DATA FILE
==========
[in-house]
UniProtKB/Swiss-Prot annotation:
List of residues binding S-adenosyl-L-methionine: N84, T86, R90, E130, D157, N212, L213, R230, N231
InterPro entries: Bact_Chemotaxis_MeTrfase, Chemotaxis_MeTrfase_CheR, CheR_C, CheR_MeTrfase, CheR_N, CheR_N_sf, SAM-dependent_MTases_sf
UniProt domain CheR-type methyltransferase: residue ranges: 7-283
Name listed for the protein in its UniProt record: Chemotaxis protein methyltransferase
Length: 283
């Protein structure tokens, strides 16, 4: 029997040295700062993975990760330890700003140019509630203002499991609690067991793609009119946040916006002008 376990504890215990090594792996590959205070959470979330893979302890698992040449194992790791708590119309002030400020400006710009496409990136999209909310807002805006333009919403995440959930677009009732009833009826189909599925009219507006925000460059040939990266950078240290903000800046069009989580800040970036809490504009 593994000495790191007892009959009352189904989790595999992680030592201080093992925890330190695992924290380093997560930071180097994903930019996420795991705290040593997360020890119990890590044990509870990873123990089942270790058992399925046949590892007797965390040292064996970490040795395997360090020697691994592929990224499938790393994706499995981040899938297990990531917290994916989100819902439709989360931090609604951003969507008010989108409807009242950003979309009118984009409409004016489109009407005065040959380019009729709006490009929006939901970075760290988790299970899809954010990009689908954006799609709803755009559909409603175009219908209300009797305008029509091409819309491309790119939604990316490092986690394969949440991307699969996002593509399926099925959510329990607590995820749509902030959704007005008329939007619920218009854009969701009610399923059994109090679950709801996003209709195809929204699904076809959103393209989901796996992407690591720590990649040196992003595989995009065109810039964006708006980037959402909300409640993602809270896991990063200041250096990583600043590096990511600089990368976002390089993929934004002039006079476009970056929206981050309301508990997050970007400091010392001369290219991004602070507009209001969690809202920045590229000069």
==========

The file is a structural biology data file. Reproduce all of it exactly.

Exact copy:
[in-house]
UniProtKB/Swiss-Prot annotation:
List of residues binding S-adenosyl-L-methionine: N84, T86, R90, E130, D157, N212, L213, R230, N231
InterPro entries: Bact_Chemotaxis_MeTrfase, Chemotaxis_MeTrfase_CheR, CheR_C, CheR_MeTrfase, CheR_N, CheR_N_sf, SAM-dependent_MTases_sf
UniProt domain CheR-type methyltransferase: residue ranges: 7-283
Name listed for the protein in its UniProt record: Chemotaxis protein methyltransferase
Length: 283
């Protein structure tokens, strides 16, 4: 029997040295700062993975990760330890700003140019509630203002499991609690067991793609009119946040916006002008 376990504890215990090594792996590959205070959470979330893979302890698992040449194992790791708590119309002030400020400006710009496409990136999209909310807002805006333009919403995440959930677009009732009833009826189909599925009219507006925000460059040939990266950078240290903000800046069009989580800040970036809490504009 593994000495790191007892009959009352189904989790595999992680030592201080093992925890330190695992924290380093997560930071180097994903930019996420795991705290040593997360020890119990890590044990509870990873123990089942270790058992399925046949590892007797965390040292064996970490040795395997360090020697691994592929990224499938790393994706499995981040899938297990990531917290994916989100819902439709989360931090609604951003969507008010989108409807009242950003979309009118984009409409004016489109009407005065040959380019009729709006490009929006939901970075760290988790299970899809954010990009689908954006799609709803755009559909409603175009219908209300009797305008029509091409819309491309790119939604990316490092986690394969949440991307699969996002593509399926099925959510329990607590995820749509902030959704007005008329939007619920218009854009969701009610399923059994109090679950709801996003209709195809929204699904076809959103393209989901796996992407690591720590990649040196992003595989995009065109810039964006708006980037959402909300409640993602809270896991990063200041250096990583600043590096990511600089990368976002390089993929934004002039006079476009970056929206981050309301508990997050970007400091010392001369290219991004602070507009209001969690809202920045590229000069």